Get ready to embark on an exciting adventure with gaming heroine Dot as developer Arvore takes us on a trip through time. Pixel Ripped 1978 transports us to the golden age of Atari, plunging us into the past when things were far more straightforward and easier going, hair was high, prices were low, and love was all around.
The series hasn’t been on my radar, but the trailers have proven excellent. Each entry in the series takes players to a different time, with the first game, Pixel Ripped 1989, taking us to the time of Madonna and DuckTales, and the sequel Pixel Ripped 1995, takes us to when Chrono Trigger and Batman Forever were around. The third entry, 1978, takes up to the year of Superman and Watership Down.
Pixel Ripped 1978 Has Some Great VR Moments
This latest installment in the Pixel Ripped series pays homage to various Atari projects and embraces them fully. 1978 the game proudly features Atari’s involvement and even bears their publishing seal. It’s a delightful experience to interact with iconic Atari characters like Yar and aid them in seeking revenge. Pixel Ripped 1978 strikes a perfect balance between nostalgic references and original ideas. While it’s enjoyable to stir up gamers’ nostalgia, the studio delivers more than a walk down memory lanes. Instead, Arvore crafts a clever meta-story that is as immersive as it is engaging.
As Dot, your mission is to confront the Cyblin Lord once again. Across different eras, your goal is to find him and defeat him. Each environment, including a standout disco city, boasts its own unique visual style. However, the level design remains uniform throughout, except for the standout boss fights. This uniformity extends to the gameplay mechanics, which unfortunately remain unchanged throughout the game’s early stages. However, new abilities unlock to enhance interaction with the environments, leaving you hanging for the rest of the game.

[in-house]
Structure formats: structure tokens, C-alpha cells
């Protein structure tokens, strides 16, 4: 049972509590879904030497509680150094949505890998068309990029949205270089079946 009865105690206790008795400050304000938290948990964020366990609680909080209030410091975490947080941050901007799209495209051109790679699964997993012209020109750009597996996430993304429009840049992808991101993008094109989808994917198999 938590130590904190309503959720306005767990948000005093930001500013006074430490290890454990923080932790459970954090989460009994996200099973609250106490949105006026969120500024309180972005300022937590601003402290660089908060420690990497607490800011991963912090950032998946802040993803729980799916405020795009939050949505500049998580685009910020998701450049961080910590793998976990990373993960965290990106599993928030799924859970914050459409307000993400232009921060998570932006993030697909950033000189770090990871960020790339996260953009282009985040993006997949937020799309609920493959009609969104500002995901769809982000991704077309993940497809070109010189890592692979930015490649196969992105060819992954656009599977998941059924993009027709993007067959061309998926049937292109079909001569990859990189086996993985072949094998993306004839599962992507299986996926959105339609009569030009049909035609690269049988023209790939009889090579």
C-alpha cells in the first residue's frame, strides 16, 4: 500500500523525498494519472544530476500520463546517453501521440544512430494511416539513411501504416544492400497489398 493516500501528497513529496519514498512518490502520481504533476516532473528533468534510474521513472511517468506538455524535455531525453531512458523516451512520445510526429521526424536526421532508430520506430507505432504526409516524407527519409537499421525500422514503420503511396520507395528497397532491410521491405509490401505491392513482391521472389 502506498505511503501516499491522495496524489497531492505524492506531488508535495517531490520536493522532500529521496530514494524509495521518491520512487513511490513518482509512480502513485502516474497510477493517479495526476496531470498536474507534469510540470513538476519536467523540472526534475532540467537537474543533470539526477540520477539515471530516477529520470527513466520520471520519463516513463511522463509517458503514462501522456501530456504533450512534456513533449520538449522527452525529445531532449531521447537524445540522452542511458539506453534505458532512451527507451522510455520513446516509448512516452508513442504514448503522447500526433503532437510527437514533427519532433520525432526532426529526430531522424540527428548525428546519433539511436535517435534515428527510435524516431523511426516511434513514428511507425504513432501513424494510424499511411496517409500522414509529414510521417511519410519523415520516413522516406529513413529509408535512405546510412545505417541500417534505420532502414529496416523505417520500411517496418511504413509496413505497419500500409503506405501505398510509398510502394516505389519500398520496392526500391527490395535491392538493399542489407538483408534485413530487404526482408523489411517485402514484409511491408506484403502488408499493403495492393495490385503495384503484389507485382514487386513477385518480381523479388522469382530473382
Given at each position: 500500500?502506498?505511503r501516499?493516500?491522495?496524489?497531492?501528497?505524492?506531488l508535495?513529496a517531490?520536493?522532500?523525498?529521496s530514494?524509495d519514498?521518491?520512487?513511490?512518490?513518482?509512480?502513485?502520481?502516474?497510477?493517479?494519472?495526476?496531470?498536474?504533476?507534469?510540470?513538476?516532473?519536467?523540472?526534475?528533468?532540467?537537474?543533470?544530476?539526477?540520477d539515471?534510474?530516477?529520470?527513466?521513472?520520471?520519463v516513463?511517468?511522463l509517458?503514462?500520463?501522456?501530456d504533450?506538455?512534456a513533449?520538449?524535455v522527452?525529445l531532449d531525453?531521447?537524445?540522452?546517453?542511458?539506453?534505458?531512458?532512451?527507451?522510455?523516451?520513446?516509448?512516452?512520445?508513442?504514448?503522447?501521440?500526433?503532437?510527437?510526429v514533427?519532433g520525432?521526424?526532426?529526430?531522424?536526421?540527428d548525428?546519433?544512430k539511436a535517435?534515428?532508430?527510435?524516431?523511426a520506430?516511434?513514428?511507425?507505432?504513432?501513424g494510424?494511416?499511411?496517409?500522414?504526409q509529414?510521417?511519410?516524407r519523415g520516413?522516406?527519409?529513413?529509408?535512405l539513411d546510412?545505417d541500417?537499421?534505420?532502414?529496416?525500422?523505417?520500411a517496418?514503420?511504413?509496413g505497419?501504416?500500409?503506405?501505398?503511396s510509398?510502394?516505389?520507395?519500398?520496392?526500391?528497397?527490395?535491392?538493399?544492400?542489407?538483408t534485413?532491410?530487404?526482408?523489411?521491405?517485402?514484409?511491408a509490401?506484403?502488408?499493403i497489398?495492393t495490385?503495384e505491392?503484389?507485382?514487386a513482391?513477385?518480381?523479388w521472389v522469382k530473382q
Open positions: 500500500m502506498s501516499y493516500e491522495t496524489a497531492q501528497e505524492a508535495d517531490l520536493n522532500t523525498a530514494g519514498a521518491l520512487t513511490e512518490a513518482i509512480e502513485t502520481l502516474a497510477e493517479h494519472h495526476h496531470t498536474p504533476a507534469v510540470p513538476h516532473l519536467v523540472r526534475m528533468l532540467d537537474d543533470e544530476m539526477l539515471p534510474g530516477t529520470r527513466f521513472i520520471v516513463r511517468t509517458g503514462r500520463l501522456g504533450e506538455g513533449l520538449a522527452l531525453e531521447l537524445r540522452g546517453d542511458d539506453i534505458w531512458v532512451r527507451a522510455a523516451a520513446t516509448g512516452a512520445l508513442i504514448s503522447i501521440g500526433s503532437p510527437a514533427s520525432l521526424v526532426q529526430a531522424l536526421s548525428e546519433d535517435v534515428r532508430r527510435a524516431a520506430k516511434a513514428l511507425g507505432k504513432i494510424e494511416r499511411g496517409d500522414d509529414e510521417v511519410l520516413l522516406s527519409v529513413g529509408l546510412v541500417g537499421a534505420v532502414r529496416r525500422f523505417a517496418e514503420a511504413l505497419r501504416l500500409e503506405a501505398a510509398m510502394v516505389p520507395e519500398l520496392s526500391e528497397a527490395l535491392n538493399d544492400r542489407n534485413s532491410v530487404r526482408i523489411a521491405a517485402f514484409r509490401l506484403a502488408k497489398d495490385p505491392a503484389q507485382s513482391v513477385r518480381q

What truly stands out and keeps the experience fresh is the game-within-a-game concept. You control Dot through Bug, who plays video games at her desk at Atari. See, Bug has a wrist-mounted device which allows her to enter another dimension and continue as Dot. Guiding Dot in unlocking alternate pathways and abilities within this virtual world adds a unique twist to the level design. These advancements seamlessly transfer to Dot’s reality, enriching the overall experience. The game’s humour shines brightly in your office, where you’ll encounter exciting cameos through phone calls and engage in water-cooler conversations about games like Missile Commandor Breakout.
Although Pixel Ripped 1978 doesn’t introduce enough gameplay progress considering its runtime, it still delivers an enjoyable experience. For those deeply invested in the history of gaming, the game becomes an absolute treasure trove of nostalgic delights. Some of the NPCs, for example, are some of the standout conversations you’ll encounter. Dot will inevitably come across new skills and abilities, but combat is rather basic, and you can attack enemies at short-range or distances, but these motions quickly become underwhelming. There’s very little challenge outside the boss battles, which is easily a highlight.
Pixel Ripped 1978 takes players on an engaging and nostalgic journey, fusing the past with a clever narrative twist. Its homage to Atari projects, along with its originality, creates a harmonious blend that captivates gamers. While the level design and gameplay could do with more diversity, the game-within-a-game concept and boss battles are highlights of Pixel Ripped 1978.
[The publisher provided a copy of the game for review purposes.]